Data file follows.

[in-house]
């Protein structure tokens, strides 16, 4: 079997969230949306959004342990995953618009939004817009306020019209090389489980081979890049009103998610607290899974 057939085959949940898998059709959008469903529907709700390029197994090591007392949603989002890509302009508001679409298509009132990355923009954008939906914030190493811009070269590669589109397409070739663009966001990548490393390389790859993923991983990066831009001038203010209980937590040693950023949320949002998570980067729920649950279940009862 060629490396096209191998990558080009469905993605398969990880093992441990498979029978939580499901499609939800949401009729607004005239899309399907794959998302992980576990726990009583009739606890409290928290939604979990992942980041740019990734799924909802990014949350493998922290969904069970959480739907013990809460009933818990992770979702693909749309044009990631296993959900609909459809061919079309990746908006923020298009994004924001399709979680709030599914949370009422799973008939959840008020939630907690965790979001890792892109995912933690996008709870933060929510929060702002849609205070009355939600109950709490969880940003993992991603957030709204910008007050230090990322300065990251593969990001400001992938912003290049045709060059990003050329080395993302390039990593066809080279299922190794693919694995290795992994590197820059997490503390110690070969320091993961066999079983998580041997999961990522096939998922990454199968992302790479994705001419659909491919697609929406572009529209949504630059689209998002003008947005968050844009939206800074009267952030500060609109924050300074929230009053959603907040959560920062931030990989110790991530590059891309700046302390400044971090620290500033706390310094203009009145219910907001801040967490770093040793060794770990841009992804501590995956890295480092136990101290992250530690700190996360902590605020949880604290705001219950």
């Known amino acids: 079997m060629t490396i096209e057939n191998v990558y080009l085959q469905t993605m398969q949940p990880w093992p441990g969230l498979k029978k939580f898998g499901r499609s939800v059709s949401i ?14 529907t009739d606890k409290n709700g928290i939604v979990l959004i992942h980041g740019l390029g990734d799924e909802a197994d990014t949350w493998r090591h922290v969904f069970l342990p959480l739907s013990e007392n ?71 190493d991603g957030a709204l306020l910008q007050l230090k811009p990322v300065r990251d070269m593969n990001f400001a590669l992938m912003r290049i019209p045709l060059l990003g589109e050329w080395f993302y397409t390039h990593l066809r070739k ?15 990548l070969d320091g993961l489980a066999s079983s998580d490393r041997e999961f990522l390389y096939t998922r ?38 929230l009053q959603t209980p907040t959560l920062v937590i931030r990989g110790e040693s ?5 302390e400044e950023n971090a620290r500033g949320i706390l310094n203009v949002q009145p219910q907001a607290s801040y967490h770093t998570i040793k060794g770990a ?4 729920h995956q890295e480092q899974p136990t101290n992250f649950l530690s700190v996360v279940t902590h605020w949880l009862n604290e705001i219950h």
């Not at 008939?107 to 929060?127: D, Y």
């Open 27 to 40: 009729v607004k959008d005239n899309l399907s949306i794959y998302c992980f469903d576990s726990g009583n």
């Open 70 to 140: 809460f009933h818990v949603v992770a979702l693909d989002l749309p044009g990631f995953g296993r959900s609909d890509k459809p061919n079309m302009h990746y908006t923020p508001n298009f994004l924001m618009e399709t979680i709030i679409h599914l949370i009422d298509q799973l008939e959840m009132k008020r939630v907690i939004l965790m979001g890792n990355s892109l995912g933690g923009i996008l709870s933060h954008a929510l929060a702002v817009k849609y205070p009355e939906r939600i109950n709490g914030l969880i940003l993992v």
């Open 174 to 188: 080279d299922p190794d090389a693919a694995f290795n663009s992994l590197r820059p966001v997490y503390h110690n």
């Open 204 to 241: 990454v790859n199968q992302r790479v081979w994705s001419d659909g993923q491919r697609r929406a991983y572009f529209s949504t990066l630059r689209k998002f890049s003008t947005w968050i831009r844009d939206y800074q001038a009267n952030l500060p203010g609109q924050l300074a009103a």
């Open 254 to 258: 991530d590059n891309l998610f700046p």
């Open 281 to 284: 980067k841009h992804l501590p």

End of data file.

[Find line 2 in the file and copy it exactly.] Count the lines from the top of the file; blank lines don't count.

């Protein structure tokens, strides 16, 4: 079997969230949306959004342990995953618009939004817009306020019209090389489980081979890049009103998610607290899974 057939085959949940898998059709959008469903529907709700390029197994090591007392949603989002890509302009508001679409298509009132990355923009954008939906914030190493811009070269590669589109397409070739663009966001990548490393390389790859993923991983990066831009001038203010209980937590040693950023949320949002998570980067729920649950279940009862 060629490396096209191998990558080009469905993605398969990880093992441990498979029978939580499901499609939800949401009729607004005239899309399907794959998302992980576990726990009583009739606890409290928290939604979990992942980041740019990734799924909802990014949350493998922290969904069970959480739907013990809460009933818990992770979702693909749309044009990631296993959900609909459809061919079309990746908006923020298009994004924001399709979680709030599914949370009422799973008939959840008020939630907690965790979001890792892109995912933690996008709870933060929510929060702002849609205070009355939600109950709490969880940003993992991603957030709204910008007050230090990322300065990251593969990001400001992938912003290049045709060059990003050329080395993302390039990593066809080279299922190794693919694995290795992994590197820059997490503390110690070969320091993961066999079983998580041997999961990522096939998922990454199968992302790479994705001419659909491919697609929406572009529209949504630059689209998002003008947005968050844009939206800074009267952030500060609109924050300074929230009053959603907040959560920062931030990989110790991530590059891309700046302390400044971090620290500033706390310094203009009145219910907001801040967490770093040793060794770990841009992804501590995956890295480092136990101290992250530690700190996360902590605020949880604290705001219950």